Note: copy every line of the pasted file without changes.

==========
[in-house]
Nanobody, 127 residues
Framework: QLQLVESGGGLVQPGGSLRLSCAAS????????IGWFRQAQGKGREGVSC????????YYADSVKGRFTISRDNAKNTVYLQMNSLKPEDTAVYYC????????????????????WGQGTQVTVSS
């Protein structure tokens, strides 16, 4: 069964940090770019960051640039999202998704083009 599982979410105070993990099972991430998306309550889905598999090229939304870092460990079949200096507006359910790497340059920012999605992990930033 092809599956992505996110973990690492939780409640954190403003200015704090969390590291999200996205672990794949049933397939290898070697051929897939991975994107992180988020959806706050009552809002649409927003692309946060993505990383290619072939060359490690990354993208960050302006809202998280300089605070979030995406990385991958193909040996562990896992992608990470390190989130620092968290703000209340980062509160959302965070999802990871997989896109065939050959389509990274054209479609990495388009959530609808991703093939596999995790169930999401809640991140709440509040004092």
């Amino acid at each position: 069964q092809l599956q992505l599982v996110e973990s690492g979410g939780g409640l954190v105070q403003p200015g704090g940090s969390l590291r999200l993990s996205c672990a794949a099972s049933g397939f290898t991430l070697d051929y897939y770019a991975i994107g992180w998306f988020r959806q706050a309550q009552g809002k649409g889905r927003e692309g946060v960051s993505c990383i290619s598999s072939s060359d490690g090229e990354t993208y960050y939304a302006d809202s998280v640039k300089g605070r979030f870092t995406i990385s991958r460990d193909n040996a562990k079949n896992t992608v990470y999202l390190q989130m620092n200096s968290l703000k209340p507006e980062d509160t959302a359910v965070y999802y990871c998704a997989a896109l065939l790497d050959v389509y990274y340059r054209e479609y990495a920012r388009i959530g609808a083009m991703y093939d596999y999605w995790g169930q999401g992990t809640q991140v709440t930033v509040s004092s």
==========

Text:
[in-house]
Nanobody, 127 residues
Framework: QLQLVESGGGLVQPGGSLRLSCAAS????????IGWFRQAQGKGREGVSC????????YYADSVKGRFTISRDNAKNTVYLQMNSLKPEDTAVYYC????????????????????WGQGTQVTVSS
């Protein structure tokens, strides 16, 4: 069964940090770019960051640039999202998704083009 599982979410105070993990099972991430998306309550889905598999090229939304870092460990079949200096507006359910790497340059920012999605992990930033 092809599956992505996110973990690492939780409640954190403003200015704090969390590291999200996205672990794949049933397939290898070697051929897939991975994107992180988020959806706050009552809002649409927003692309946060993505990383290619072939060359490690990354993208960050302006809202998280300089605070979030995406990385991958193909040996562990896992992608990470390190989130620092968290703000209340980062509160959302965070999802990871997989896109065939050959389509990274054209479609990495388009959530609808991703093939596999995790169930999401809640991140709440509040004092």
């Amino acid at each position: 069964q092809l599956q992505l599982v996110e973990s690492g979410g939780g409640l954190v105070q403003p200015g704090g940090s969390l590291r999200l993990s996205c672990a794949a099972s049933g397939f290898t991430l070697d051929y897939y770019a991975i994107g992180w998306f988020r959806q706050a309550q009552g809002k649409g889905r927003e692309g946060v960051s993505c990383i290619s598999s072939s060359d490690g090229e990354t993208y960050y939304a302006d809202s998280v640039k300089g605070r979030f870092t995406i990385s991958r460990d193909n040996a562990k079949n896992t992608v990470y999202l390190q989130m620092n200096s968290l703000k209340p507006e980062d509160t959302a359910v965070y999802y990871c998704a997989a896109l065939l790497d050959v389509y990274y340059r054209e479609y990495a920012r388009i959530g609808a083009m991703y093939d596999y999605w995790g169930q999401g992990t809640q991140v709440t930033v509040s004092s």